Read with care.  Start by noting the date of the information.  Things change fast in the cancer world.  If sources seem to contradict each other, the newer one may be more accurate.

     

    Consider the credentials of the people writing the information.  At HealthCentral you will find information from doctors, patient experts, and site readers.  PJ Hamel and I are the current patient experts at HealthCentral Breast Cancer, but if you read back through our archives you will find many more.  Patient experts are people who have had the health problem and educated themselves about the condition.  As patient experts, we double check facts and explain medical information as we best understand it, but we are not doctors.  As people who have experienced breast cancer first hand, we bridge the gap between your doctor's knowledge about breast cancer diagnosis and treatment and your worries that your doctor is not taking your lump seriously enough.  We have sat in the patient's chair, and we have read enough patient stories and medical journals over the years to have an intuitive sense of  whether it might be time to push for a biopsy or watch and wait.

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    At HealthCentral and many other health websites, you can also read tips from other readers. Be aware that you are reading one person's interpretation of what her doctor told her.  Her experience may not apply to yours.  People also use this website to provide links to their blogs or product sales websites.  Because many of these offer valuable products, HealthCentral leaves them up; however, the presence of a link to a book or product on the website is not an endorsement. People have many opinions about cancer, and we want the website to provide a place to express them, but pay attention to the experience and training of the writer.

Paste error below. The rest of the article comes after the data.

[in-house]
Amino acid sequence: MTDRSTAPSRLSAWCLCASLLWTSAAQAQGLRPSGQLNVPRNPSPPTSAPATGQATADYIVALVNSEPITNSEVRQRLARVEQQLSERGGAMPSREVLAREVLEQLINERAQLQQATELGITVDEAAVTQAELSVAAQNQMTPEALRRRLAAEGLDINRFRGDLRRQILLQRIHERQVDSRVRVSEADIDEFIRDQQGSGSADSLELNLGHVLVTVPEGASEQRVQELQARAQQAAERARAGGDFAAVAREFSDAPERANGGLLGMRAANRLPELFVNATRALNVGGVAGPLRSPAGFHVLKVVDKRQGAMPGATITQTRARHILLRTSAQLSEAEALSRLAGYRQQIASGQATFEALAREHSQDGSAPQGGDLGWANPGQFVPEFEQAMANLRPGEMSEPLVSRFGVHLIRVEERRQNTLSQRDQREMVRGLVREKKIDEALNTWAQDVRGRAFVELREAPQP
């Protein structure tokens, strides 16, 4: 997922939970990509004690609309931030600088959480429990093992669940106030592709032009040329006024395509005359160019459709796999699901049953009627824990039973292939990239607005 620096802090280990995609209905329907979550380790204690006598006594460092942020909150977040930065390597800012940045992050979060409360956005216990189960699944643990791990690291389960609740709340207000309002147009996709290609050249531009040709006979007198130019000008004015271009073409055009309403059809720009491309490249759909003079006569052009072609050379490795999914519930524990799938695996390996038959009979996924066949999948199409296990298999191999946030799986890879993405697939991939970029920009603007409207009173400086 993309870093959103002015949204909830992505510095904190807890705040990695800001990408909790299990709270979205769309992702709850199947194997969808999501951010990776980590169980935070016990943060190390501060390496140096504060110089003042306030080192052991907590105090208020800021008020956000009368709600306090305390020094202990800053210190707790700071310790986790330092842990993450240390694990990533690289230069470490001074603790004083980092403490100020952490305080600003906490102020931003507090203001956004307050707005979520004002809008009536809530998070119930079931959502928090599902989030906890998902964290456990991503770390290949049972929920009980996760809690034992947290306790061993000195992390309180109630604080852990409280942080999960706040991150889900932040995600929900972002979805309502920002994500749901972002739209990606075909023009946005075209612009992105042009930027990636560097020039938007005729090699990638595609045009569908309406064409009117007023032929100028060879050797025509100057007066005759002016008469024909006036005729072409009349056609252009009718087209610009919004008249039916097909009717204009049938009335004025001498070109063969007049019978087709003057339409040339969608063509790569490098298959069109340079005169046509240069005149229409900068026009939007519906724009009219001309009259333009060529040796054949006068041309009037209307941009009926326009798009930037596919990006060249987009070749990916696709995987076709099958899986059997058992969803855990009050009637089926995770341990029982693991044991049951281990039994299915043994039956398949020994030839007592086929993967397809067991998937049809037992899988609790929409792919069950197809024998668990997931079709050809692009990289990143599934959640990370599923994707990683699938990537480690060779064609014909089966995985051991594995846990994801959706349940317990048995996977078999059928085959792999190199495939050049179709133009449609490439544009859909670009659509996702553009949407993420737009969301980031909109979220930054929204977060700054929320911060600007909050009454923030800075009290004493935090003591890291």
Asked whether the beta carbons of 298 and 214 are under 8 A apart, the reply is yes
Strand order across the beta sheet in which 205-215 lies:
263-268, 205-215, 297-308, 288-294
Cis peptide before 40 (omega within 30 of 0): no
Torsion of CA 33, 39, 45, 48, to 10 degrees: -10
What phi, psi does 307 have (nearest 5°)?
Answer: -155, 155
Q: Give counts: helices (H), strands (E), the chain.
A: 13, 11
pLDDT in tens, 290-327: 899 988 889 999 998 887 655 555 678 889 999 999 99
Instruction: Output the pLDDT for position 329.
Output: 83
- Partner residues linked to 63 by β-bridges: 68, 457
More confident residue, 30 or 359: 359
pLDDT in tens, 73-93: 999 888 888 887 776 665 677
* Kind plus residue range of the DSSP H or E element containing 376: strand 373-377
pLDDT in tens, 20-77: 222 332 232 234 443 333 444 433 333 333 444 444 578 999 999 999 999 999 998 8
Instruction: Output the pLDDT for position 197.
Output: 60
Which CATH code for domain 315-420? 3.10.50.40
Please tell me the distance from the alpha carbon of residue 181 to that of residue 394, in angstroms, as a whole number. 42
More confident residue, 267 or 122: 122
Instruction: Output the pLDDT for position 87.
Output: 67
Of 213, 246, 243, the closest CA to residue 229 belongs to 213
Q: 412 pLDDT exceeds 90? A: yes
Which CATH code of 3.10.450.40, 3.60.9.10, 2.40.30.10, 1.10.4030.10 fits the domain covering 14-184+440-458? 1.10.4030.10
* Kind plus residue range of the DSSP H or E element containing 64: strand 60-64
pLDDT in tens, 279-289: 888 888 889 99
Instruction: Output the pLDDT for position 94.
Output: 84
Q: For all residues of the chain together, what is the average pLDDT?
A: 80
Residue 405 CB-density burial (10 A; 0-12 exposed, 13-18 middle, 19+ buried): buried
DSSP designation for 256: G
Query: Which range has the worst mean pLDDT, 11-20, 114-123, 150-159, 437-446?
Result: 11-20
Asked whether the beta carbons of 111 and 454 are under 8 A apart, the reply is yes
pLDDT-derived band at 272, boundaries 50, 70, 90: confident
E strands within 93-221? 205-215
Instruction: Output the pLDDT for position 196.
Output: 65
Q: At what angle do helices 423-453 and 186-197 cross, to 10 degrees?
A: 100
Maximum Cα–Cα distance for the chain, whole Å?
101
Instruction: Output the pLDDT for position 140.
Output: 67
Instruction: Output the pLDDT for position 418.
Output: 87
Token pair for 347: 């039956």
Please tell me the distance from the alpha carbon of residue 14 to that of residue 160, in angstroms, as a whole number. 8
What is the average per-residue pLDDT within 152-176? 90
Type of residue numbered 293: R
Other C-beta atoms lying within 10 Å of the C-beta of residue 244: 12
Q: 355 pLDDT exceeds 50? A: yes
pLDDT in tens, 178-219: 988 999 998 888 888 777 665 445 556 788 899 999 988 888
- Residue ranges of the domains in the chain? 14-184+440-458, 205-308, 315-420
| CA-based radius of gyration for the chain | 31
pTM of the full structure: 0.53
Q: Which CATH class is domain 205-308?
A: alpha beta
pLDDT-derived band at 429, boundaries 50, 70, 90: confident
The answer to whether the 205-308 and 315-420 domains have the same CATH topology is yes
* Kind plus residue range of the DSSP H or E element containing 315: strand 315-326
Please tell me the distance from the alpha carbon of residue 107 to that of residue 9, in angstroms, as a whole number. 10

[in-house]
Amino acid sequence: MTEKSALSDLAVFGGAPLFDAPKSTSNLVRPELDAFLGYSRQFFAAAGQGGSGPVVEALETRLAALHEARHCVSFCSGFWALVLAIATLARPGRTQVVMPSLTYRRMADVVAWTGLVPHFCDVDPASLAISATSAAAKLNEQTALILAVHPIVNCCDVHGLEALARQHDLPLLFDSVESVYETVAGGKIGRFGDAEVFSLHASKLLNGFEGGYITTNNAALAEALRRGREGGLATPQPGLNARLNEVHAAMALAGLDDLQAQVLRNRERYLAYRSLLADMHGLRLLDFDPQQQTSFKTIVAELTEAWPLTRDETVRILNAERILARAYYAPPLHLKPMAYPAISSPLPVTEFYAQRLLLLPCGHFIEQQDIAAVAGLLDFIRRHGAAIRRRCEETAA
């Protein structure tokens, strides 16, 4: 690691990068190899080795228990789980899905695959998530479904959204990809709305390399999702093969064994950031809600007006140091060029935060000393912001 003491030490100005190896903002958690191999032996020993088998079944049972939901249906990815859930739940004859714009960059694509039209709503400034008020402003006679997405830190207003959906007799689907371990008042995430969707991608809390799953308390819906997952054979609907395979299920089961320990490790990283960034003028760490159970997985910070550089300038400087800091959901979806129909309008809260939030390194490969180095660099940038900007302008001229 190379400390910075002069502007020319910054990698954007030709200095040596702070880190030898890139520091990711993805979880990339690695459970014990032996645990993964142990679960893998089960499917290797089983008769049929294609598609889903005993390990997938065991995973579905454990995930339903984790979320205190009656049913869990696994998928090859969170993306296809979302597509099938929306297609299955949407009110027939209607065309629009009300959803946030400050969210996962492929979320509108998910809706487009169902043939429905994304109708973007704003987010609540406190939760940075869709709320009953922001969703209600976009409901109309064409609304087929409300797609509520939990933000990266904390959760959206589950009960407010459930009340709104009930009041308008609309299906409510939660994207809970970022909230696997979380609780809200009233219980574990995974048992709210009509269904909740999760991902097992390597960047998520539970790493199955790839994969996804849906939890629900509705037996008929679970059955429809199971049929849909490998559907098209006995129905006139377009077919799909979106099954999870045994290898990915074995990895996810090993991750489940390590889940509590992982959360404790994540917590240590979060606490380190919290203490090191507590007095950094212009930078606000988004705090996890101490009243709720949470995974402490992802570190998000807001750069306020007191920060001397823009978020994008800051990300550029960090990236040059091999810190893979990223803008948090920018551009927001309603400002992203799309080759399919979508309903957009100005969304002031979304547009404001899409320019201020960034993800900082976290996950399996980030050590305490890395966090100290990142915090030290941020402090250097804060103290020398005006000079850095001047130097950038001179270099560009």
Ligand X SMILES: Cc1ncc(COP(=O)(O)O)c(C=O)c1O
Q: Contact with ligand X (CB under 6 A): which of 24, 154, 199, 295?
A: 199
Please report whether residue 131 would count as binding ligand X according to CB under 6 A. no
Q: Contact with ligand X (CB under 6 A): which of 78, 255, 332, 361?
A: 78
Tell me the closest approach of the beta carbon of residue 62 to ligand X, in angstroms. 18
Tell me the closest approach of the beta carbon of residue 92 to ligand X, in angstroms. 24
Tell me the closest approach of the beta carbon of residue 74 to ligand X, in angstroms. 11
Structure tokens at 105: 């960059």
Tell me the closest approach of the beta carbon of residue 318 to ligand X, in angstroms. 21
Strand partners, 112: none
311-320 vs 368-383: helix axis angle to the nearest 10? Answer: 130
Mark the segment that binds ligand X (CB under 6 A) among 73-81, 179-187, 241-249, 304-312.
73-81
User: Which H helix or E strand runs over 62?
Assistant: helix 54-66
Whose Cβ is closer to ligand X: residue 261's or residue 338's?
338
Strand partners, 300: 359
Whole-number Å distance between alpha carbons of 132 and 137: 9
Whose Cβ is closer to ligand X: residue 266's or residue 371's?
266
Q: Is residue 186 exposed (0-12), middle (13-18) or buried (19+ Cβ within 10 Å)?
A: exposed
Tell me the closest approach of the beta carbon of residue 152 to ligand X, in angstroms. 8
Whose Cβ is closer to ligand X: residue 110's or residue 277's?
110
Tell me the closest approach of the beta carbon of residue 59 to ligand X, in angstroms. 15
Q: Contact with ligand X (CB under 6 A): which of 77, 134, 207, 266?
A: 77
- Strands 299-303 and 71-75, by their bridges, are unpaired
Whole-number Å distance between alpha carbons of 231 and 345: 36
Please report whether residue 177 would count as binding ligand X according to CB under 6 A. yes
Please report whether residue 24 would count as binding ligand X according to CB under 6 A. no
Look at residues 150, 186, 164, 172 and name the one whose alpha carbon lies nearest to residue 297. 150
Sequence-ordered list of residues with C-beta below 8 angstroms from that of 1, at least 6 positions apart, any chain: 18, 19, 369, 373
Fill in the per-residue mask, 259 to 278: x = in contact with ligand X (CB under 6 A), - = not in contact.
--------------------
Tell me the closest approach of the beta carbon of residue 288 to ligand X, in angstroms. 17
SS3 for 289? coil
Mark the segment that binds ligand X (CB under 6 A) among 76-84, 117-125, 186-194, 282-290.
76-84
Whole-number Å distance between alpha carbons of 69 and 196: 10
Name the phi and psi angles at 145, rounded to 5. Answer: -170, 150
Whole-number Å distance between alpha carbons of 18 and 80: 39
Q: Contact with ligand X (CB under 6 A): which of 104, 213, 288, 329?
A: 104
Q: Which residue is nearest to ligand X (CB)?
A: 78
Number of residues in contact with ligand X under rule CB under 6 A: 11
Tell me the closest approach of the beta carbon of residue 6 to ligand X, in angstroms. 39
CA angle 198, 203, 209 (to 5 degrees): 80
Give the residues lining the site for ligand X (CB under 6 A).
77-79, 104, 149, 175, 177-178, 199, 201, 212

As you read, notice words like "may" and "sometimes".  It's easy to get scared about side effects from a drug that occur only rarely.  Look up medical terms as you go.

      

    Do not self-diagnose.  No website can substitute for your doctor's diagnosis.  When you go to the doctor, describe your symptoms and wait to see what the doctor says.   Your reading articles about breast lumps here at HealthCentral or another site is going to help you know what is important, so that you can concisely describe the problem:  "I've had a hard lump for three months that seems to be getting larger."

     

    Wait to see what the doctor says.  She may be able to tell by the size, shape and texture that your lump is most likely not cancer, but you will know enough to ask for imaging tests to be sure.

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    You do not need to hide your research.  It shows that you are an educated health consumer.  Just be tactful about sharing what you know.  "I've read about the different kinds of breast lumps, so I know that at my age it is more likely to be a fibroadenoma, but I'm still worried that it might be cancer.  How can we be sure?"

     

    Ask the doctor's opinion about a new treatment you've read about rather than telling him that you want a prescription for a medicine that might not be right for you.

     

    If you use the knowledge you gain from reading about your symptoms to help you know when to call the doctor and to give you enough information to ask intelligent questions, your physician will be glad you did your research.

     

     

Published On: September 12, 2010